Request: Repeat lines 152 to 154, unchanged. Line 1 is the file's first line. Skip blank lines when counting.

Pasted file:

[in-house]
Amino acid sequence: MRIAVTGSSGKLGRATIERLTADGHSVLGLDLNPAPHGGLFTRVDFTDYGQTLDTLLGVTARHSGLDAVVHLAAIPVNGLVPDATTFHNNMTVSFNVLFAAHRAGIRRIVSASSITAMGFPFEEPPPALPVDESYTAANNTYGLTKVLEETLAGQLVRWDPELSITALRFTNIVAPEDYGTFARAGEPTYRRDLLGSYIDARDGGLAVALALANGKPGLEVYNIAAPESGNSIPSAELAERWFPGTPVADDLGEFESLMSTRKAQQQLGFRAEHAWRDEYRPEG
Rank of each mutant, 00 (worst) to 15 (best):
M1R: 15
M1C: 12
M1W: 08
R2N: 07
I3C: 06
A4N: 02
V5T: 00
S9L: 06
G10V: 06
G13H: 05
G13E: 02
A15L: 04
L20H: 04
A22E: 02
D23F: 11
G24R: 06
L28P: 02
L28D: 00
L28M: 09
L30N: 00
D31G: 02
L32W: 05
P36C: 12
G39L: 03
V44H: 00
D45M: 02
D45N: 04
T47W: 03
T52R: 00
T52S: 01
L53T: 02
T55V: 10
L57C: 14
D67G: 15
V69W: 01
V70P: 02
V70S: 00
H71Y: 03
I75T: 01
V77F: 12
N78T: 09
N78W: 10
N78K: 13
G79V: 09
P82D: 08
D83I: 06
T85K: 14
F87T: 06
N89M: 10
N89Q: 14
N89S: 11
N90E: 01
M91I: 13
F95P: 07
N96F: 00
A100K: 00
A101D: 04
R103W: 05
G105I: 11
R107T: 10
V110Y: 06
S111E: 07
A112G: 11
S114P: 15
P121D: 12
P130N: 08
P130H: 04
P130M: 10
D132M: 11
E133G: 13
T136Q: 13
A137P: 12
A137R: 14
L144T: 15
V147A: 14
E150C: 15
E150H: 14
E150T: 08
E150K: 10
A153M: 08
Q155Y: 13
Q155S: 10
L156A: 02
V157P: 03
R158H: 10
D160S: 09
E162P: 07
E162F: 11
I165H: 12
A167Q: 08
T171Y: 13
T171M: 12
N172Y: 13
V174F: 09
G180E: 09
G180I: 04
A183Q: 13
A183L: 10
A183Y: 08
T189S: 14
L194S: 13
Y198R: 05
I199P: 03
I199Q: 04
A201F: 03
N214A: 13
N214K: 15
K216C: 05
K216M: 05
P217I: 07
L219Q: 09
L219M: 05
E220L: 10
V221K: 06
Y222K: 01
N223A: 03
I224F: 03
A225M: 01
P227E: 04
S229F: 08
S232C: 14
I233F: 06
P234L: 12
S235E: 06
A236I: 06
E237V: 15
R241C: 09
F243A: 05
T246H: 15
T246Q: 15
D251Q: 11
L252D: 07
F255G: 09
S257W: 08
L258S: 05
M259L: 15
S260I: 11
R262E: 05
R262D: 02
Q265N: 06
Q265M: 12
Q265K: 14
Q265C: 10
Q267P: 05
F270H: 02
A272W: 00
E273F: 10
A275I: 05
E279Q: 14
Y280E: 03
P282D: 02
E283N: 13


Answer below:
E279Q: 14
Y280E: 03
P282D: 02